Supreme Court dismisses state challenges to red state restrictions on social media platforms


The Supreme Court  on Monday dismissed challenges to Florida and Texas laws that restrict how large social media companies moderate user content. 

Each law would require Big Tech companies like X (formerly Twitter) and Facebook to host third-party communications but prevent those businesses from blocking or removing users’ posts based on political viewpoints.

In a unanimous ruling, the court said lower courts did not properly analyze the First Amendment issues at play in the case. As a result, each case will go back to its respective Circuit Court of Appeals.

“Today, we vacate both decisions for reasons separate from the First Amendment merits, because neither Court of Appeals properly considered the facial nature of NetChoice’s challenge. The courts mainly addressed what the parties had focused on. And the parties mainly argued these cases as if the laws applied only to the curated feeds offered by the largest and most paradigmatic social-media platforms—as if, say, each case presented an as-applied challenge brought by Facebook protesting its loss of control over the content of its News Feed,” the court wrote.

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Sprinklers water the lawn in front of the U.S. Supreme Court on Monday morning, April 29, 2024. (Getty Images )

“But argument in this Court revealed that the laws might apply to, and differently affect, other kinds of websites and apps. In a facial challenge, that could well matter, even when the challenge is brought under the First Amendment,” the court added.

There were no dissenting opinions five justices filed separate concurring or concurring in judgment opinions as well. They included Justices Amy Coney Barrett, Ketanji Brown Jackson, Samuel Alito, Neil Gorsuch, Brett Kavanaugh and Clarence Thomas.

In almost four hours of oral arguments in February, the justices weighed whether to offer a sweeping ruling on the First Amendment implications of the state laws, or a more limited approach that might have the lower courts take another look at how those content moderation policies would be applied.

The Florida law blocked a social media platform from engaging in censoring, prioritizing, or so-called “shadow banning” that is “based on the content.” Texas’ law was broader ,

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Social media applications

Florida’s social media law blocked a social media platform from engaging in censoring, prioritizing, or so-called “shadow banning” “based on the content.”  (Matt Cardy/Getty Images)

It would have also prevented “willfully deplatforming a candidate” for public office for material posted by or about that candidate.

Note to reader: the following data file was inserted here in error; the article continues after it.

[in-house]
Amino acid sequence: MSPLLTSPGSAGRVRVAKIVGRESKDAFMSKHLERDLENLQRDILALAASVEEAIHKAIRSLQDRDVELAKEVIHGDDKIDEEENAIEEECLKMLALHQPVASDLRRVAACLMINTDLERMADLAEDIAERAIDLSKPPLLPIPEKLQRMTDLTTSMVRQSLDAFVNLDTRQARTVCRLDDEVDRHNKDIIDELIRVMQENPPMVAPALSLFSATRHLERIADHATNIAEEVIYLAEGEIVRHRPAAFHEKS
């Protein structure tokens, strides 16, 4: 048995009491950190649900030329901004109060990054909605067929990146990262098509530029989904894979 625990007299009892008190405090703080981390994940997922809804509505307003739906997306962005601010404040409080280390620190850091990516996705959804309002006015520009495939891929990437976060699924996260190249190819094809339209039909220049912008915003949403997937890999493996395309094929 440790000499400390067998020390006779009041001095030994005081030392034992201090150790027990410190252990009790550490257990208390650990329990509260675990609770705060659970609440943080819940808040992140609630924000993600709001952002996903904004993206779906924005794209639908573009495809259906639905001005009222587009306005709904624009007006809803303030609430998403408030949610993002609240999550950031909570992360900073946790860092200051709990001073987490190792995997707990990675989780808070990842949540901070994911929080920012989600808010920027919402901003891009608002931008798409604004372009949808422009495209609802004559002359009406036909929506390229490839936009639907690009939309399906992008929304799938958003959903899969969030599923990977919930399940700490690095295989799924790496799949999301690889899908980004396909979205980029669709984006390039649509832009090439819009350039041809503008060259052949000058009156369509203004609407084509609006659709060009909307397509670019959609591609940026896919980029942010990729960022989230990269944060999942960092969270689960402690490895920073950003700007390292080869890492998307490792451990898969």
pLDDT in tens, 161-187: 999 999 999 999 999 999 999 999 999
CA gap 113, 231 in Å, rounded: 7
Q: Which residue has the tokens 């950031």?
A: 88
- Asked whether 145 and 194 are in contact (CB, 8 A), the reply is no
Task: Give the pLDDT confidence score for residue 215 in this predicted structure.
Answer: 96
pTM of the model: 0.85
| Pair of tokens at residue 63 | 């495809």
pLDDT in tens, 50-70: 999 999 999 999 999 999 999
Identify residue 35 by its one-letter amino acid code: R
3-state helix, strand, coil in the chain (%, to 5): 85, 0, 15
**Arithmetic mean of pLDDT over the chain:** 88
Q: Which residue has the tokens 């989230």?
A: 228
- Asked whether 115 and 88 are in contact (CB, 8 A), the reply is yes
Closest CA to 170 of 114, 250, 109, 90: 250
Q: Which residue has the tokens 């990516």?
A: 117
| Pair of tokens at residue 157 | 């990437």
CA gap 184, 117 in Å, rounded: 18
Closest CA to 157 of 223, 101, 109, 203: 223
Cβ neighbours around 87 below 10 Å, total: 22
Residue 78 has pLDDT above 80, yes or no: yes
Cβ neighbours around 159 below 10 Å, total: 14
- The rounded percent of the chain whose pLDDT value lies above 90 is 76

Both Florida and Texas would also require those companies to notify a user when their content has been modified or edited, along with an explanation for that action.

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Supreme Court members

Members of the Supreme Court (L-R) Associate Justices Amy Coney Barrett, Neil M. Gorsuch, Sonia Sotomayor, and Clarence Thomas, Chief Justice John G. Roberts, Jr., and Associate Justices Ketanji Brown Jackson, Samuel A. Alito, Jr., Elena Kagan, and Brett M. Kavanaugh pose in the Justices Conference Room prior to the formal investiture ceremony of Associate Justice Ketanji Brown Jackson September 30, 2022 in Washington, D.C. (Collection of the Supreme Court of the United States via Getty Images)

Trade groups representing big tech companies argue that the laws violate their free speech rights to decide what content meets their policies — saying their forums should not be an open-ended portal for offensive or dangerous speech — including school bullying, harassment, terrorist ideology, racial hatred, medical misinformation and voter fraud.

The laws were supported by Republicans in Congress and over a dozen GOP-led states, who filed amicus briefs in the case. 

Senator Josh Hawley, R-Mo., said that the platforms wanted to keep liability protections granted by Congress for content on their sites, while simultaneously asking for unfettered ability to censor content, citing their First Amendment liberties.

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“Despite decades arguing for this position, today the tech platforms take precisely the opposite line. They claim that their content hosting and curation decisions are in fact expressive — expressive enough that they enjoy First Amendment protection,” the lawmaker argued.

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